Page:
from my ‘food roots’ too and was tempted by the growing proliferation
of fast food. Instant (no-cook, no-mess) food availability and the
addictive effect of high fat, high salt, sugars and colours. Result – I
soon began to feel and look tired and, horrifyingly, for someone who
had always been thin, began to put on weight. Even though I cut down
on calories and felt I was eating less… I was always hungry and still not
managing my weight well or feeling good.
Over the years I began to learn more about food and the effects of it on
our health, energy levels and, of course, our weight. I began to look
into the foods I was eating and wrote a diary of what triggered my
response to eating certain meals. I realised that I wanted to eat
healthily and feel full, to enjoy my food and to have a good relationship
with it, but I didn’t want to eat bland, flavourless and often insipidlooking
food or ‘diet’ foods. I wanted to eat food with lots of flavour, to
enjoy dishes from around the world, and I wanted to share foods with
my family. I discovered that when I balanced spices with healthy foods
my weight reduced and then stayed down.
So, Spice Yourself Slim is the story of the food journey I have travelled.
I have been fortunate to meet people from around the world through
my TV career, to go to fantastic places and explore foods from around
the world. Time and again I found that the food I loved in most
countries included scrumptious spices that were used to introduce
flavour but also gave the food health, well-being and nutritional benefits.

My journey takes me from my Indian roots to traditional British
cooking, to university where I was studying Russian and went to Soviet
Russia, and then travelling myself to experience cuisines first hand in
Iran, Vietnam and Italy, and to enjoying foods from Thailand, Morocco,
Mexico, the Mediterranean, the Far East and West Africa.
I use spices every day – I love the tastes, flavours and the good feeling
I get from just cooking a meal with them. A sprinkle of freshly roasted
and ground cumin makes a dull plate of vegetables sing. When I add
turmeric to a dish, I love the rich colour and I am instantly transported
to the bustling markets of Marrakesh where turmeric powder is piled
high in large sacks. Spices are sumptuous in colour, taste and history.
Their history evokes wonderful journeys across deserts, land and sea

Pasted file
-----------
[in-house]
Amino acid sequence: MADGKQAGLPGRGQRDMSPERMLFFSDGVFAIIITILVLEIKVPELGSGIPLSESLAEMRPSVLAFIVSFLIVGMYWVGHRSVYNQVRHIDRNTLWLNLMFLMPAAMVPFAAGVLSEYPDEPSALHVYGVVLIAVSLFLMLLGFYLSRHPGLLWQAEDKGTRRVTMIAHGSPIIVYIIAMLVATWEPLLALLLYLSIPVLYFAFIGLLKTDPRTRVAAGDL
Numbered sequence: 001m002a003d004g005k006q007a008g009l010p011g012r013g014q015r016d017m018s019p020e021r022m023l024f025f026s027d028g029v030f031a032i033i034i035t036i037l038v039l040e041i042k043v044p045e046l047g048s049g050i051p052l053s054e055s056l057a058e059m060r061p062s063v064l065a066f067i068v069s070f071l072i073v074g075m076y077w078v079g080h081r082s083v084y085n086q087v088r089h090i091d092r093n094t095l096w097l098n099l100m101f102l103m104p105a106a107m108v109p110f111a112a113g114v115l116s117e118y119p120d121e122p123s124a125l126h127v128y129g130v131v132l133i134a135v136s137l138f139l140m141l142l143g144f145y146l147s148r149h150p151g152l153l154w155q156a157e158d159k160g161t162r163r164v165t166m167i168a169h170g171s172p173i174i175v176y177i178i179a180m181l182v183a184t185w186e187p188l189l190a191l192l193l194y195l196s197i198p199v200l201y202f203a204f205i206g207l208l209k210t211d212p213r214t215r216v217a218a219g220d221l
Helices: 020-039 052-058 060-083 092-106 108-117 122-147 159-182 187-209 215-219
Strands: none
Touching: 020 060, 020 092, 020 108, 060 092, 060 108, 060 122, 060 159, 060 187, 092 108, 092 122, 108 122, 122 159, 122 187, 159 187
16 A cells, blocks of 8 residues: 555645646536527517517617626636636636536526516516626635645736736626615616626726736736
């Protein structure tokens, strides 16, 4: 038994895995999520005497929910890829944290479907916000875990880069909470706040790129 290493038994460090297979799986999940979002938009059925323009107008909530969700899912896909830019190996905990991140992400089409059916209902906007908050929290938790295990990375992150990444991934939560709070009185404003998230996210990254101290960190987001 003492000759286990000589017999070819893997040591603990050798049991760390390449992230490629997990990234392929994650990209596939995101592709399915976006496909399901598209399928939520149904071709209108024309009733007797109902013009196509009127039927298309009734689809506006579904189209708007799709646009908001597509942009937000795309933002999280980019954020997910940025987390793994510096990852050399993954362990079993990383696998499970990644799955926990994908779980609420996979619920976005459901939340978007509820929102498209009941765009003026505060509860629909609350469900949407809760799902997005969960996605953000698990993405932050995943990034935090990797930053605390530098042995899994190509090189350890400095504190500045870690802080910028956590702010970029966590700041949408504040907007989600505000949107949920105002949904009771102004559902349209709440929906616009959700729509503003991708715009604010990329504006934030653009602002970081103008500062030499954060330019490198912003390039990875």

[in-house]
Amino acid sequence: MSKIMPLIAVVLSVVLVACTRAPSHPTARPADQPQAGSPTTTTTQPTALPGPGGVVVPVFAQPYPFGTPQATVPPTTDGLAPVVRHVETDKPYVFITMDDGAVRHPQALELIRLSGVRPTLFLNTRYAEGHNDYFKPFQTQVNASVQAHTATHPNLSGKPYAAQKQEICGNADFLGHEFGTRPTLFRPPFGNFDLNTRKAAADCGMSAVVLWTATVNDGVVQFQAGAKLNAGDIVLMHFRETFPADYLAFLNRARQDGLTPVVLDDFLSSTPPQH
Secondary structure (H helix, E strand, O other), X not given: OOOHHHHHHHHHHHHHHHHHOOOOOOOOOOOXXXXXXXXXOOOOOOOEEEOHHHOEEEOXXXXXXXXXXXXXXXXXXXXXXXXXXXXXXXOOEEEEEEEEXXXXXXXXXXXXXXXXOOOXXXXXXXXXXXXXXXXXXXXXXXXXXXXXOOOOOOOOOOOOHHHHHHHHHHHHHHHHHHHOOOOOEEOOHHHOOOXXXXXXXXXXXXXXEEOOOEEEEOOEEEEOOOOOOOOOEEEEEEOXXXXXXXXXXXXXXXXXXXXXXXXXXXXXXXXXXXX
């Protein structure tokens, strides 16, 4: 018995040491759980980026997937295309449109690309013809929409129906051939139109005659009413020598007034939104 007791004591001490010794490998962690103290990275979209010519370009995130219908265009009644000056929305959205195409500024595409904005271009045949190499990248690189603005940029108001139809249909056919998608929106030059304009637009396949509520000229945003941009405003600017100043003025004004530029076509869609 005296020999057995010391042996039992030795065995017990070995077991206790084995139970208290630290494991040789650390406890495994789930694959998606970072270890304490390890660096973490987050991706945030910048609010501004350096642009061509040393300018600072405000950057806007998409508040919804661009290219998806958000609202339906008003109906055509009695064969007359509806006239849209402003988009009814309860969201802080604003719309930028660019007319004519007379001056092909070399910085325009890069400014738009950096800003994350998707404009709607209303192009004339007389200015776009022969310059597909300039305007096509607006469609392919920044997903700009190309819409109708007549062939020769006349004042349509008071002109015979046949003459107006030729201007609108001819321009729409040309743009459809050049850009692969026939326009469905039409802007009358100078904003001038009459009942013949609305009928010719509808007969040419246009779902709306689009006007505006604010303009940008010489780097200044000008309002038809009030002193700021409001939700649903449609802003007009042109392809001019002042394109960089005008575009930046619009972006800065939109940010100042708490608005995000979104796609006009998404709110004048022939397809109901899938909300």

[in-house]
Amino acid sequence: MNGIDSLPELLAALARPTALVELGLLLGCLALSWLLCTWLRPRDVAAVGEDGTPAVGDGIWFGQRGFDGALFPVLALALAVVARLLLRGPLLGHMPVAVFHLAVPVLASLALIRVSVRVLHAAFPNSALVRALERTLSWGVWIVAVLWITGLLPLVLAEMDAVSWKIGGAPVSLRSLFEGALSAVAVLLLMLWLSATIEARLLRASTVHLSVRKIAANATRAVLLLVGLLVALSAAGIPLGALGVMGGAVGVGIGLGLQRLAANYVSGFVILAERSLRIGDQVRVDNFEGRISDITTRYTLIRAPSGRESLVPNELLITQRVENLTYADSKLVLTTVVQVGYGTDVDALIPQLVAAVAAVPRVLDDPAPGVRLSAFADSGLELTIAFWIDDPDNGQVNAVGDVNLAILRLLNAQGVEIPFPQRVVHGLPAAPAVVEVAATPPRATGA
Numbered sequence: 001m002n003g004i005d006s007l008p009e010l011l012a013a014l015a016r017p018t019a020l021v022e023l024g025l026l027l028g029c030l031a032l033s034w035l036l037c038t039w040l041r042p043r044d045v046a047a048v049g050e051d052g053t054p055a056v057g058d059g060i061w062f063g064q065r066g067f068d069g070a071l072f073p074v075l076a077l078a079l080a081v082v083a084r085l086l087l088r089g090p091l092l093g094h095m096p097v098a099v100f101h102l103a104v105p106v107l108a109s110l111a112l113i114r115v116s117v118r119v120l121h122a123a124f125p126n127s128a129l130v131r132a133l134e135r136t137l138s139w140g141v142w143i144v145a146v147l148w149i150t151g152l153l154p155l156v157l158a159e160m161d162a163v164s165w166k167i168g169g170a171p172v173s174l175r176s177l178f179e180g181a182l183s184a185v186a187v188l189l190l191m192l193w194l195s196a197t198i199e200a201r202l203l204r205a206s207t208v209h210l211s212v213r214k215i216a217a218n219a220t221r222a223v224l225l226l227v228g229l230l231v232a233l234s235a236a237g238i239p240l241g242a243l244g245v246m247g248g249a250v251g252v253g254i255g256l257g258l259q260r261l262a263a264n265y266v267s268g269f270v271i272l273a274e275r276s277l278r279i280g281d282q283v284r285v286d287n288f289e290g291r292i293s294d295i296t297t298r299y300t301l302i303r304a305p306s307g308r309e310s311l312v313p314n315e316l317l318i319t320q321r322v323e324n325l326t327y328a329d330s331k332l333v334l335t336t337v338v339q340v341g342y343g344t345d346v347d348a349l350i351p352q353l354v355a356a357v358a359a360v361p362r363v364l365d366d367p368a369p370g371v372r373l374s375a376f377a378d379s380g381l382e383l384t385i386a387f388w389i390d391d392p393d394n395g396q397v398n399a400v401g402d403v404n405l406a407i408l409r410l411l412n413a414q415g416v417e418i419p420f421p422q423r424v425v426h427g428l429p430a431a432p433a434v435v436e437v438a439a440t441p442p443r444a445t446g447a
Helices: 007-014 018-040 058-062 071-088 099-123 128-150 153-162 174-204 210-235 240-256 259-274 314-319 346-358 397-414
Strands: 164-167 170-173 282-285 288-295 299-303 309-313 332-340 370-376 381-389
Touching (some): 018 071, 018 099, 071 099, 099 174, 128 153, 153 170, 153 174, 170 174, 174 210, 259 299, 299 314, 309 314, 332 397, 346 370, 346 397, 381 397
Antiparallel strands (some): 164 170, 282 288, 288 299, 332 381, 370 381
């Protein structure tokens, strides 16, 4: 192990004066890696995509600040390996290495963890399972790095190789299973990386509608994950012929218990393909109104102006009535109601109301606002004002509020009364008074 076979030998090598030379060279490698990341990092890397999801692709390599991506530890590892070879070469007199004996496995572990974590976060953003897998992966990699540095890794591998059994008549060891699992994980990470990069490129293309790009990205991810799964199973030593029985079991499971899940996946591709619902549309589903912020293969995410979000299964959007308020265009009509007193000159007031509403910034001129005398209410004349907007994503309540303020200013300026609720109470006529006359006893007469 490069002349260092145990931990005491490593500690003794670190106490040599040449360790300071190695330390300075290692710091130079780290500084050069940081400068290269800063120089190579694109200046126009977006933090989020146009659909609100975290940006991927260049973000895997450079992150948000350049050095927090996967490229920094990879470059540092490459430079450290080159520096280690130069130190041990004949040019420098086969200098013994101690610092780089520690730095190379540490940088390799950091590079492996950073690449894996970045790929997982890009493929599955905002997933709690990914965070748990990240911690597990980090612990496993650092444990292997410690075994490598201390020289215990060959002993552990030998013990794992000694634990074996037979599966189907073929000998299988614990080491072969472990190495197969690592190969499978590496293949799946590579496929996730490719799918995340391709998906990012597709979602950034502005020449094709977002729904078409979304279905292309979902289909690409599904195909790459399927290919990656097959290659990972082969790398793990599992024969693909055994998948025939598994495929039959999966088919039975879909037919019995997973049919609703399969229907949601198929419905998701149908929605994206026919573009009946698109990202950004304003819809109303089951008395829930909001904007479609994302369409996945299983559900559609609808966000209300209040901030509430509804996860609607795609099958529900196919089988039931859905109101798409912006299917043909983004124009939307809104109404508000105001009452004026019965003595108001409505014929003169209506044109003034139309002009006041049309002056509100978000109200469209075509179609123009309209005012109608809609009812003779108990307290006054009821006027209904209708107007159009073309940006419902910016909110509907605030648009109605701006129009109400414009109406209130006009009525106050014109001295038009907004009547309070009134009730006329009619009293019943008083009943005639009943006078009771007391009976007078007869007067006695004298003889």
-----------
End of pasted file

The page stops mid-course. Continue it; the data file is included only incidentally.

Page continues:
from faraway exotic lands and worth so high a price as to have been
used as a legal tender in many countries.
Spice are eaten and enjoyed all over the world, and relished not only
because of their taste but because they also carry the stories of their
health powers from one generation to another. My mother, other
members of my family and many Indian people I know, still use
remedies made from spices for many ailments and for strength. For
instance, if anyone has a bad tummy, everyone rushes for the carom
seeds which are mixed with a sprinkling of salt and swallowed down
with a little warm water: an age-old remedy going as far back as my
great, great, grandmother.
Recently, I was in Vietnam and I was talking to some young people in a
restaurant. Their stories about using spices for ailments and for their
general health benefits were so similar to mine. Even in that country,
mothers use oil made from cloves for toothache – an ancient remedy
that has been used for centuries.
These are all family anecdotes, but now scientific research findings are
revealing the health properties of spices. For example, turmeric has
been used for years by Asian families and in Ayurvedic medicine as an
anti-inflammatory, but now research is showing that an active
compound in turmeric, curcumin, could potentially help in reducing
This project has been a secret passion of mine for years. I love the
alchemy of spices, which are often misunderstood by people, who are
overwhelmed by the number of spices required to make a meal.
Through my experience, I hope to demystify spices and show how they
can be easily incorporated into our daily eating habits, as well as to
explain their health benefits at a time when changing national tastes
mean that there has never been a greater public appetite to understand
and learn how to cook with them and to master their magic allure.

Table of Contents


How Does It Work?
The Power of Spices
Key Spices
Spice Rubs
Start the Day: Breakfasts
Simple Spicetastic Lunches
Effortless Dinners
Meals to Share and to Impress
Spicetacular Sides
Tantalising Sweet Treats
14-Day Meal Plan


Spice Yourself Slim Harness the power of spices for health, Wellbeing and weight-loss-Kalpna Woolf
First published as Hardback and eBook in the United Kingdom in 2016 by